October 23rd, 2009
Dockery, David S., editor. Southern Baptist Identity: An Evangelical Denomination Faces the Future. Wheaton: Crossway Books, 2009. 304 pp. $19.99.
In a post-everything culture, the largest Protestant denomination in the United States is at a crossroads. While the Southern Baptist Convention (SBC) has a rich heritage with some colorful characters, they are finding that the past is not enough to maintain a gospel presence for the future. David Dockery has brought together many of the greatest minds in the SBC to take a look at the identity of the SBC and how she must respond to the ever changing landscape of the world.
Some of the contributors include R. Albert Mohler, president of the Southern Baptist Theological Seminary, Daniel L. Akin, president of Southeastern Baptist Theological Seminary, Paige Patterson, president Southwestern Baptist Theological Seminary and Ed Stetzer, president LifeWay Research Center. All the contributors have been involved at great depths of the SBC. Some are “new kids on the block” while others have been around the block a time or two. All the contributors offer an informed understanding of SBC life from their particular perspective.
Southern Baptist Identity offers a historical understanding of the convention that aides our understanding of the problems being faced today. While there is nothing new under the sun, the leaders in the SBC understand that the unknown future is best understood by looking to her past.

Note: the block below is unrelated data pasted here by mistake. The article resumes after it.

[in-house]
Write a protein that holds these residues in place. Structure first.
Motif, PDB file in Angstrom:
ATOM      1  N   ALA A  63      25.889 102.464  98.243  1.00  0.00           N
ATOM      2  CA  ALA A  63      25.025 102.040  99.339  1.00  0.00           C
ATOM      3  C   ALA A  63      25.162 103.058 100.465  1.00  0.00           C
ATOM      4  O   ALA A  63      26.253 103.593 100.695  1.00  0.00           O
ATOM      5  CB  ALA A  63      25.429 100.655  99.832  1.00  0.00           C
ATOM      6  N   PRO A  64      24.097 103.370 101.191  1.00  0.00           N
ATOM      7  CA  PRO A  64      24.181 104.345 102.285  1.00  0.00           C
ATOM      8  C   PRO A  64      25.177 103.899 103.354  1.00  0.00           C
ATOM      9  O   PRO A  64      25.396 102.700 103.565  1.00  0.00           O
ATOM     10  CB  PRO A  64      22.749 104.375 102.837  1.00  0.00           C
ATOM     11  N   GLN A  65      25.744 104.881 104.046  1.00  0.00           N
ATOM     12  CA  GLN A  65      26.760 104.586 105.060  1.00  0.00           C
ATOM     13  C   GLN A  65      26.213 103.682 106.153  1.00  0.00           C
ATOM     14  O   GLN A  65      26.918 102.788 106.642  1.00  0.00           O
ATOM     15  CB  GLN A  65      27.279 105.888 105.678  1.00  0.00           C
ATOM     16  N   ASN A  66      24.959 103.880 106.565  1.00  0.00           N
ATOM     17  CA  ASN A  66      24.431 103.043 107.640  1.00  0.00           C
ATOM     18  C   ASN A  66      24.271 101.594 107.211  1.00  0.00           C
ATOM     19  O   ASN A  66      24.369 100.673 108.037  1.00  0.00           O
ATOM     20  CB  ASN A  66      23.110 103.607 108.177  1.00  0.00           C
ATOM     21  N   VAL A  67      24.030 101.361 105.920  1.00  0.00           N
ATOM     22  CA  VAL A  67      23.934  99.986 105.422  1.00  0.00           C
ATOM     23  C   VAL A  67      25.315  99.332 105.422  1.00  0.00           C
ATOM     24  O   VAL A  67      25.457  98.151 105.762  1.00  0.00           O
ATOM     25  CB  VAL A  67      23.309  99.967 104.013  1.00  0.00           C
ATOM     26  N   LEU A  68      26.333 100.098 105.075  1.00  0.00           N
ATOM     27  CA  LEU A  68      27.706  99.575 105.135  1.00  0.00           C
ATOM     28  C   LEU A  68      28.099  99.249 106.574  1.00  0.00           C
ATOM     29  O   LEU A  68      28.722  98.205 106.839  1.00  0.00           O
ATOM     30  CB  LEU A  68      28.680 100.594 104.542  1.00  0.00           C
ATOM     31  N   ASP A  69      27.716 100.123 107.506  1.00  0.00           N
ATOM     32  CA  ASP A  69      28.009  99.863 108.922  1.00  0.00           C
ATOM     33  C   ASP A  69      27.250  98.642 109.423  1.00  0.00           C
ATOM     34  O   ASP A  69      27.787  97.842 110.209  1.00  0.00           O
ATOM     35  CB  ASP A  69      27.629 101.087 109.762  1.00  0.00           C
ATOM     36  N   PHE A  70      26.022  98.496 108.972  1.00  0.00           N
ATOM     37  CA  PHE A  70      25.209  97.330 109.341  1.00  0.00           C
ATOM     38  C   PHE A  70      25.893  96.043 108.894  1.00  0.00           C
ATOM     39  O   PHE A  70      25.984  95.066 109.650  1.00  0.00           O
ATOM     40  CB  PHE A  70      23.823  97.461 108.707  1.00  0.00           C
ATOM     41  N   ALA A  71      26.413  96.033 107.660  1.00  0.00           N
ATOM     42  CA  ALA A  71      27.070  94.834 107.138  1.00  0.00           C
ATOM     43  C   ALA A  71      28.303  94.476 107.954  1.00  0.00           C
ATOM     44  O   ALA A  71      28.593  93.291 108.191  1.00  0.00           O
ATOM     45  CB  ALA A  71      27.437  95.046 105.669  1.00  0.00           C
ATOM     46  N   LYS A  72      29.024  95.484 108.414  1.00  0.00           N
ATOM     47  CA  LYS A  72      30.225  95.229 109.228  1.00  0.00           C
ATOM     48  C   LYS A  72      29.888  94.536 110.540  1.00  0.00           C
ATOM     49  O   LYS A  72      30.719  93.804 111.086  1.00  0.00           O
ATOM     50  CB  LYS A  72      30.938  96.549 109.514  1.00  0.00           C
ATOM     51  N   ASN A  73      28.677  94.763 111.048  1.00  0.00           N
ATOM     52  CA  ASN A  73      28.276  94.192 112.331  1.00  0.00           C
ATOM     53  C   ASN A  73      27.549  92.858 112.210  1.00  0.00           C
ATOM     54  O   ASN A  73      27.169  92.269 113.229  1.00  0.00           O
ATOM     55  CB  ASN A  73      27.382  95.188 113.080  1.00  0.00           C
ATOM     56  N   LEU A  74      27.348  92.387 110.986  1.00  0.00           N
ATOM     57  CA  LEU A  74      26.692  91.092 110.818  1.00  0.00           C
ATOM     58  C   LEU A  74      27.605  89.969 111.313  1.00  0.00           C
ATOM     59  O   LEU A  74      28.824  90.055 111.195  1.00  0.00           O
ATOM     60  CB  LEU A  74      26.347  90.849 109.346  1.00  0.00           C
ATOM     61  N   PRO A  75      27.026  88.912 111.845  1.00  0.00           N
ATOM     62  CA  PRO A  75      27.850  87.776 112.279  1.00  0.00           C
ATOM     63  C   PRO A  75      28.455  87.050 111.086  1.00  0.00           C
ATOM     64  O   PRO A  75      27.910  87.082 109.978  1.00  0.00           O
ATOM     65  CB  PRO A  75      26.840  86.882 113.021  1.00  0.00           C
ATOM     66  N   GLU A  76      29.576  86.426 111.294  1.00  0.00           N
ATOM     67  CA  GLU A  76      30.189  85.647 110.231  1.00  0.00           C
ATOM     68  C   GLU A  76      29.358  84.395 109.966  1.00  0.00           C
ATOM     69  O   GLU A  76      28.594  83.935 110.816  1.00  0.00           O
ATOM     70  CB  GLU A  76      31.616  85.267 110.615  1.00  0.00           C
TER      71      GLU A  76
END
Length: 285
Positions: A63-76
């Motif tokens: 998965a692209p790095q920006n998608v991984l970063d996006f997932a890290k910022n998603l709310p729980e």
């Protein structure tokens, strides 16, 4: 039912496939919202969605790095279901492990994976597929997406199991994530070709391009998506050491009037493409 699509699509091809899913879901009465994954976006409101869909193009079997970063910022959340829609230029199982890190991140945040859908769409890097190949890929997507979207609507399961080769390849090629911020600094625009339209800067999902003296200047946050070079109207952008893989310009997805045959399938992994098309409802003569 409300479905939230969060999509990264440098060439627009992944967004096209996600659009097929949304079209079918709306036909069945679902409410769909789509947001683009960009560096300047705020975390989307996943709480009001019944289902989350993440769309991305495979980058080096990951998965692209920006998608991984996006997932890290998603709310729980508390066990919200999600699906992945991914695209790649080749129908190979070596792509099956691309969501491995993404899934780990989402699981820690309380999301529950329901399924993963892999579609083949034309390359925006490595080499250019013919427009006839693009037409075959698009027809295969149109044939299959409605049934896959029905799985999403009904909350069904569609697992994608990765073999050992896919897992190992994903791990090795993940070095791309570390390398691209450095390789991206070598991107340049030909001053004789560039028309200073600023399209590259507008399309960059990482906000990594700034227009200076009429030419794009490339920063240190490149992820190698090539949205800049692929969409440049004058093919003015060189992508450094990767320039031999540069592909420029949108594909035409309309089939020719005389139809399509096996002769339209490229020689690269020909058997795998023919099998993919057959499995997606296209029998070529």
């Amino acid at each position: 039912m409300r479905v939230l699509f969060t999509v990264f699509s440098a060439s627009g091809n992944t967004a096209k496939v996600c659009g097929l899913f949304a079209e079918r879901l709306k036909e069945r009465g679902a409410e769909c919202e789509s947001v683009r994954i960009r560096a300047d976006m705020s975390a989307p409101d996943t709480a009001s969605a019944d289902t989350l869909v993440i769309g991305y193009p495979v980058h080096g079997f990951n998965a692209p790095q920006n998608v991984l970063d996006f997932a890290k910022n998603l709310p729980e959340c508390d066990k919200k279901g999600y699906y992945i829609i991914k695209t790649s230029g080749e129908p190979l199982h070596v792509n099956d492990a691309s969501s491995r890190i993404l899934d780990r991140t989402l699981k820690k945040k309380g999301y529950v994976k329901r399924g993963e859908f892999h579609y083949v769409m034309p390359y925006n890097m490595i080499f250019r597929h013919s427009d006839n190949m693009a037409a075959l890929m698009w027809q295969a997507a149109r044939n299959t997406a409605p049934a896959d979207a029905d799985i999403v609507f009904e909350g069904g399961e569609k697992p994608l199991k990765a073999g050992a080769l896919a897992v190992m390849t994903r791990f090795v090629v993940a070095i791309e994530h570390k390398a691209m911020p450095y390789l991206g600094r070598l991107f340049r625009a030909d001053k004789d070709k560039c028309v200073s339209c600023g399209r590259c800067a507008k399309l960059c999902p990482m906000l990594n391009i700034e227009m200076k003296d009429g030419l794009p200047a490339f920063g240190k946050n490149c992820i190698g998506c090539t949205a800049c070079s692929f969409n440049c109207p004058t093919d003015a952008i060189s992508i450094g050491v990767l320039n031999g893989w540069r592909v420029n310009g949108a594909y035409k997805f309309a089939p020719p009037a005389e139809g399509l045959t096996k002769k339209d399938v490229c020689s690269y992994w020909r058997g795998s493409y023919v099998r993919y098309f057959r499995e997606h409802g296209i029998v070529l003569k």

Another quality of the SBC is the confessional statements that have been throughout her history. As many argue in the pages of this book, the confessional statements will become more and more important as the SBC journeys forward seeking to advance the kingdom. The beauty of the SBC is her ability to bring under one umbrella like-minded Southern Baptists with a common goal of reaching the world for Christ despite their differences in certain secondary and tertiary doctrines.
Every pastor in the Southern Baptist Convention ought to read Southern Baptist Identity. Every seminary student matriculating through her seminaries ought to read this book as well. To read the essays presented by the leaders of the convention is to gain valuable insight into where the SBC has been, is now, and will be going. These are encouraging times given the wide-open doors for global missions and global evangelism. If the SBC is to remain on the front lines of the attack on ungodliness, she must be informed. If you are a member of an SBC-affiliated church, then you, too, must be informed. Get this book and you will be.